Bermuda Wins Summer Olympic Gold – Smallest Population To Ever Do That
Royal Gazette, Bermuda: Flora Duffy said this was her last shot and she took it.
There may have been few spectators in Tokyo but all of Bermuda was cheering on Bermuda’s golden girl as she ran into the history books and smashed the Olympic record at the same time.
In the end, she didn’t just win the women’s triathlon gold medal at the Olympic Games, she seized it.
A family’s joy burst into national elation last night as Ms Duffy took the first ever gold medal for Bermuda, and the second medal ever after Clarence Hill won the bronze in boxing at Montreal in 1976.
For parents Charlie and Maria Duffy, it was a jubilant ending to a nerve-shredding hour and 55 minutes.
“It’s unreal – just unreal,” Ms Duffy said, embracing her son Joel with a bottle of champagne, eyes fixed on her daughter in triumph before the world.
For the thousands watching, the night was an agony of anticipation that gave way to 30 minutes of cheering euphoria.
Just before the crowd that joined the Duffy family at Docksiders on Front Street erupted into ecstatic final cheers, Mr Duffy watched his daughter beam as she approached the finish and exclaimed: “This is beyond our dreams.”
He added: “But it’s still not that unlikely – know what I mean? Given her ability. She’s just the best in the world.”
Both parents rode out their nerves with the rest of Bermuda, cheering for every gain as the island’s star athlete took and held her lead.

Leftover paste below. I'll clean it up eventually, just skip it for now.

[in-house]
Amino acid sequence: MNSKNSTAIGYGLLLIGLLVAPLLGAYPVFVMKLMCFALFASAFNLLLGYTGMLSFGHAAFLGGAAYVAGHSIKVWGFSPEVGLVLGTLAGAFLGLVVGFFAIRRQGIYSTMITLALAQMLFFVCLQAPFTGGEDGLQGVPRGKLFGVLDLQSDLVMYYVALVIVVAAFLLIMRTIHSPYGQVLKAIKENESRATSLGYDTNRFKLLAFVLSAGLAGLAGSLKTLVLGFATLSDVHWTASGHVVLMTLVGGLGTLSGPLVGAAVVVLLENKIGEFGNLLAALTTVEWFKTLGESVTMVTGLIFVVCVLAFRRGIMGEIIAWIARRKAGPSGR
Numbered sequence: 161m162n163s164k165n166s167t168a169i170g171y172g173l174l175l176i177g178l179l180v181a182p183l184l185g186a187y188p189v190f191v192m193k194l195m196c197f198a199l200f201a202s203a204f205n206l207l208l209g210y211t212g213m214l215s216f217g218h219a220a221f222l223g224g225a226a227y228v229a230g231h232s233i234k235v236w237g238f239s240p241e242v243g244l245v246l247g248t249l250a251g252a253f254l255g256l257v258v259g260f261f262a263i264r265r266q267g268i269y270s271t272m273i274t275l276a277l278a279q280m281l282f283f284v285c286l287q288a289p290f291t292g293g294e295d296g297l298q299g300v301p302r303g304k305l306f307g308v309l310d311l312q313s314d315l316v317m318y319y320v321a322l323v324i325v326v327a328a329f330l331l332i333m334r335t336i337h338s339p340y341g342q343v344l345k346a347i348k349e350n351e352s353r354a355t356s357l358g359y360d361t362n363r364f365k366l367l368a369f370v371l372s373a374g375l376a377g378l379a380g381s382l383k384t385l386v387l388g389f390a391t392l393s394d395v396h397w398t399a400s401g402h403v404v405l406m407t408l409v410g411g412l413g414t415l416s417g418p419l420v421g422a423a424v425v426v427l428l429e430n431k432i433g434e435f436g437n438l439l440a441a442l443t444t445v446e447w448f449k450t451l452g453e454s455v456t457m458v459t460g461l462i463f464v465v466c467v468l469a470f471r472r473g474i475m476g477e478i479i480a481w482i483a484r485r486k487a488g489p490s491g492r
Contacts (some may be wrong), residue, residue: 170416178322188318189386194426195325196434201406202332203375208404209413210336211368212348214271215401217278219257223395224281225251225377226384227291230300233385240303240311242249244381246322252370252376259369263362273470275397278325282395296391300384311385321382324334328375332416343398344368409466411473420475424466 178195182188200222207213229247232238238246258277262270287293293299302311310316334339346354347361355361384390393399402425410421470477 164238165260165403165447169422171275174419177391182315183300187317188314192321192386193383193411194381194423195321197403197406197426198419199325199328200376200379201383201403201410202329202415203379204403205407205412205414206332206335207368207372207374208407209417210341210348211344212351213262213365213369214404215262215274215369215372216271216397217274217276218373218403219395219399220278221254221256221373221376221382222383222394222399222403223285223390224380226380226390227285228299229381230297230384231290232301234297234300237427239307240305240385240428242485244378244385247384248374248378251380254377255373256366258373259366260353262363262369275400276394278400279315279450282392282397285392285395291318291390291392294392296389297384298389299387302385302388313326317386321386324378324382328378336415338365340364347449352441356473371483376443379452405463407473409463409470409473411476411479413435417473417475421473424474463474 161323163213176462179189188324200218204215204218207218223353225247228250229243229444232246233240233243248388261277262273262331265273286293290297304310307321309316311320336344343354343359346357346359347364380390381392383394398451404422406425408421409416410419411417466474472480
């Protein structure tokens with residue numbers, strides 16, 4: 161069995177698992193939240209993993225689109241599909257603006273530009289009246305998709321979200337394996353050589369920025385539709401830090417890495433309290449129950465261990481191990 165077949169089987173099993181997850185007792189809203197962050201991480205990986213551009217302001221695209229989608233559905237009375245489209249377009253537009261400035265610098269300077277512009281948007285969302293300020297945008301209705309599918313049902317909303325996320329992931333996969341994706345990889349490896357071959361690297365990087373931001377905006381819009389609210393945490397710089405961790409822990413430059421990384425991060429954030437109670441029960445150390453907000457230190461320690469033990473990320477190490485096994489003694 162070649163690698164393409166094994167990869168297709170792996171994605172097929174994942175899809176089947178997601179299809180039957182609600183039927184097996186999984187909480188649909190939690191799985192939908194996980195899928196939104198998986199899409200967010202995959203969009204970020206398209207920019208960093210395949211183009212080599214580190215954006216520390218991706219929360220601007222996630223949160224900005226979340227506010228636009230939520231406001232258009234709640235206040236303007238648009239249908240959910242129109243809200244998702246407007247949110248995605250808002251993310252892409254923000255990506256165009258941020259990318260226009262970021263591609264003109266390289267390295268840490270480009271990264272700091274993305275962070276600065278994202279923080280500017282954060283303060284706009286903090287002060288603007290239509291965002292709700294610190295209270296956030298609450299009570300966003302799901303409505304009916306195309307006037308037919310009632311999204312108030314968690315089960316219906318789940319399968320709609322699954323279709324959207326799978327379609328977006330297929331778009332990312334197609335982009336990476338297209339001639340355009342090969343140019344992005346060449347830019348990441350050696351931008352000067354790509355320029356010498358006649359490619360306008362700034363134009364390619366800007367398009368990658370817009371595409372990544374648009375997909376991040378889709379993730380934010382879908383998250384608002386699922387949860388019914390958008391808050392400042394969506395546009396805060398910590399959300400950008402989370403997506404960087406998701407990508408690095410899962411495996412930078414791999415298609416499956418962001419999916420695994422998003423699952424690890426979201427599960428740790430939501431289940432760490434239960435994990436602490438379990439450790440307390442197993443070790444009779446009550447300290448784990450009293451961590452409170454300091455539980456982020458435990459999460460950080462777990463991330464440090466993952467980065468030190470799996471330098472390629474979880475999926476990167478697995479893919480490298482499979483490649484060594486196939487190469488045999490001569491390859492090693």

Asked if it was tough every time watching her daughter compete, Ms Duffy said: “You just get used to it.”
Then she said: “No, not really. We’ll see what happens on the run.”
For Flora’s family, with her brother Campbell watching from London, it was all about the final 10k run.
Mr Duffy admitted early in the night’s drama: “It’s absolutely nerve-wracking. Shattering. And it gets worse.”
As she took her place in the leading cyclists, a relieved father said: “I feel good now; she’s in the front pack. She can beat any of those.”
And as she took an instant lead in the 10k, Mr Duffy said: “She’s way, way ahead, and these are the best in the world. What she doesn’t always get credit for is, she wins races by a mile.”
At the end, with the family wearing matching “Go Flora Go” shirts, clutching Bermuda’s flag and surrounded by a rapturous crowd, it was simply an emotional celebration of a moment many Bermudians almost didn’t dare to hope for.
The epic win lit up social media in a flash, with tributes pouring in as the Premier and others echoed the island’s jubilation.
After taking the stage in Tokyo, Ms Duffy told The Royal Gazette: “This is Bermuda’s first gold medal and as the first woman to do it it’s an incredibly special moment and I feel as I crossed the line today, I did it for everyone in Bermuda.
“I’ve had an extra year with this pressure on me. Although it was difficult to manage and navigate all that pressure what a special moment to come down the finishing shoot and just to enjoy it and have my moments. It’s incredible.”
She added: “It was worth it; there’s been many tears, many heartbreaks. Many times I was like: ‘Am I ever going to be healthy again, can I ever race at the top’?
“I just kept believing and I have a really great support system around me.”